Kaye Porter, GDCA
Defense programs are growing in complexity. Not only are programs becoming more complicated, but the supply chain has become volatile and difficult to navigate. The F-35 Joint Strike Fighter aircraft alone partners with more than 1,200 domestic suppliers and nine “partner countries” to produce “thousands of components from highly sophisticated radar sensors to the aircraft’s mid fuselage.”1 In 2010, the United States stopped being the world’s leading high-technology exporter, and as a result more manufacturing now occurs overseas. This shift puts the supply chain for both defense and commercial technology at risk from threats that designers have limited control over, such as natural disasters, obsolescence, and counterfeit electronics.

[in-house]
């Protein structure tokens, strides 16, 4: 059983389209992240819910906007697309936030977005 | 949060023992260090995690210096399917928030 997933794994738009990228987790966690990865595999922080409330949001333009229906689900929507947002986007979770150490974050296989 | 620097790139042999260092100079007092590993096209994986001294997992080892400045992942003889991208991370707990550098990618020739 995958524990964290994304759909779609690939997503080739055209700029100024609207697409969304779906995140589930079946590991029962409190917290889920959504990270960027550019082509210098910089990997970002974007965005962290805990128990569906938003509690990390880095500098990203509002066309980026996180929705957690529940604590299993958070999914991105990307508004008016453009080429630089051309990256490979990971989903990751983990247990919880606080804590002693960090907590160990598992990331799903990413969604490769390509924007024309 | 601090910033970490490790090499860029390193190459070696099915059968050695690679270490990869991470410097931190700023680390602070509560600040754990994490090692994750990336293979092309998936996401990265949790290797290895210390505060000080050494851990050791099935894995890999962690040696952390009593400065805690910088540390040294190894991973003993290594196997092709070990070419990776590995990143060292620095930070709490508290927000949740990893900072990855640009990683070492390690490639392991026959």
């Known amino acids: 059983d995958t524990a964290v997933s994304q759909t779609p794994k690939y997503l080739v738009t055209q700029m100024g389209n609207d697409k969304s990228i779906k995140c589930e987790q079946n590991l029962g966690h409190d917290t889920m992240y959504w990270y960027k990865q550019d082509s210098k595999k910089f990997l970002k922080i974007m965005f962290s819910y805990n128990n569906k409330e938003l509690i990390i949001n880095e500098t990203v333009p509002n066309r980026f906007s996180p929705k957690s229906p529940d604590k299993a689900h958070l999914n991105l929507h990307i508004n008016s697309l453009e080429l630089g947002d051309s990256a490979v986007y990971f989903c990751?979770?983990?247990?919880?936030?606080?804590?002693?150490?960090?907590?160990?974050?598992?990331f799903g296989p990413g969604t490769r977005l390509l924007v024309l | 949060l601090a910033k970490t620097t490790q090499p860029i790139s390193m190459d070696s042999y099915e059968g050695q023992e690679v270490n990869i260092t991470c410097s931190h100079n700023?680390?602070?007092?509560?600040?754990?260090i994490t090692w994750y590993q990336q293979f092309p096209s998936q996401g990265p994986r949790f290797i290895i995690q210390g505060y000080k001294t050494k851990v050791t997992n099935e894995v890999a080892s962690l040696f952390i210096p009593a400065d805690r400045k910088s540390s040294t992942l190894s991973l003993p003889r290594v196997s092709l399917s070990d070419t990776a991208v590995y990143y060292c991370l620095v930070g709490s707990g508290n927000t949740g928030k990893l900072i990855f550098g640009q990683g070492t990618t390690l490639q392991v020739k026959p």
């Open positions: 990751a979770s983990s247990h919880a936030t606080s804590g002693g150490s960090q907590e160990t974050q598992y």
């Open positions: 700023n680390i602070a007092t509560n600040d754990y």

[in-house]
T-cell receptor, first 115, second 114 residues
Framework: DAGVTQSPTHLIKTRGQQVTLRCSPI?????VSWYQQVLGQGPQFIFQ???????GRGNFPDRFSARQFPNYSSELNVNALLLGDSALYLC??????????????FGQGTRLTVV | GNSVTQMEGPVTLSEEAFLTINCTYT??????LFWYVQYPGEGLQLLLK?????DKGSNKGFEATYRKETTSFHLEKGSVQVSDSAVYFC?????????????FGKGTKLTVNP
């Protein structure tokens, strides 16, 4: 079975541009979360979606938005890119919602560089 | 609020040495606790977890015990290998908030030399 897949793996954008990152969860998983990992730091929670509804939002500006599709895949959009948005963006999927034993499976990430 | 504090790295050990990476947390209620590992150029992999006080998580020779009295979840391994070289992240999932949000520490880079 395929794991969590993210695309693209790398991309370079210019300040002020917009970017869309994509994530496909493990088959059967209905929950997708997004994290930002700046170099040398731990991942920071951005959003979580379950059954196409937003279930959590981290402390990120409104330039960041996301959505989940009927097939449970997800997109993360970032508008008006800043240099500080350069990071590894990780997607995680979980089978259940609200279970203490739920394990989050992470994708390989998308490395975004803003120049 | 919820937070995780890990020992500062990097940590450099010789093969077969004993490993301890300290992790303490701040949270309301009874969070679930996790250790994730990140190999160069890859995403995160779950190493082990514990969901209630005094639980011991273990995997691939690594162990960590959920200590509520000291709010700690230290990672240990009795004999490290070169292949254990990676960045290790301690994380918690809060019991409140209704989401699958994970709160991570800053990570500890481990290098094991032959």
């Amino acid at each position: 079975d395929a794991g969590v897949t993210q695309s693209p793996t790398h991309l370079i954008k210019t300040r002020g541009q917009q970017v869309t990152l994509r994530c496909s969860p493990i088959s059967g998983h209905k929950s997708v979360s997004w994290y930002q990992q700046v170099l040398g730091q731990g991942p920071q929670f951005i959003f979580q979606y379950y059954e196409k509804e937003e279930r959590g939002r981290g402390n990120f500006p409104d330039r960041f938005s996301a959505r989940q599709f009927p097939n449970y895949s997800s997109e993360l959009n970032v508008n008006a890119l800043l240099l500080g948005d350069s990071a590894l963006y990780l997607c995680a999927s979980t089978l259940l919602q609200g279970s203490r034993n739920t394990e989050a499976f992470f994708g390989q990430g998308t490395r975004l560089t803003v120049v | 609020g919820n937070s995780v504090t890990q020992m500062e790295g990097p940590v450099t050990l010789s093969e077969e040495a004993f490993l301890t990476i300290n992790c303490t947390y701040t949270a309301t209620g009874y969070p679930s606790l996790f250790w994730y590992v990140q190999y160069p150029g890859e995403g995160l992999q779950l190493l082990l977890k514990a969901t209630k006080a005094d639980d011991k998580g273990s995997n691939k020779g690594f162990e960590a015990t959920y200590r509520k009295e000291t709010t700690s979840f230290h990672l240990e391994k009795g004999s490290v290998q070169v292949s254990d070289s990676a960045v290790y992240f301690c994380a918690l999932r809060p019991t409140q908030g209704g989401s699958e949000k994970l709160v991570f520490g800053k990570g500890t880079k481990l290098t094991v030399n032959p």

In the face of relentless budget cuts, defense programs face system life cycles lasting longer than originally anticipated. By the time a ship or plane is decommissioned, it has often been in use decades beyond its original life expectancy. When warfighter programs are affected by aging, unreliable products, or lack of funding for spare boards and system repairs, our troops aren’t getting the support they need. In a climate of Performance-Based Logistics (PBL) programs, budget cuts, sequestration, COTS obsolescence, and increased counterfeit risks, proactive obsolescence management needs a refresh just as much as many defense systems do, but sometimes myths about obsolescence hold organizations back from taking a more proactive approach to obsolescence.
Plan for EOL costs from the beginning to keep long life cycle systems performing their critical functions.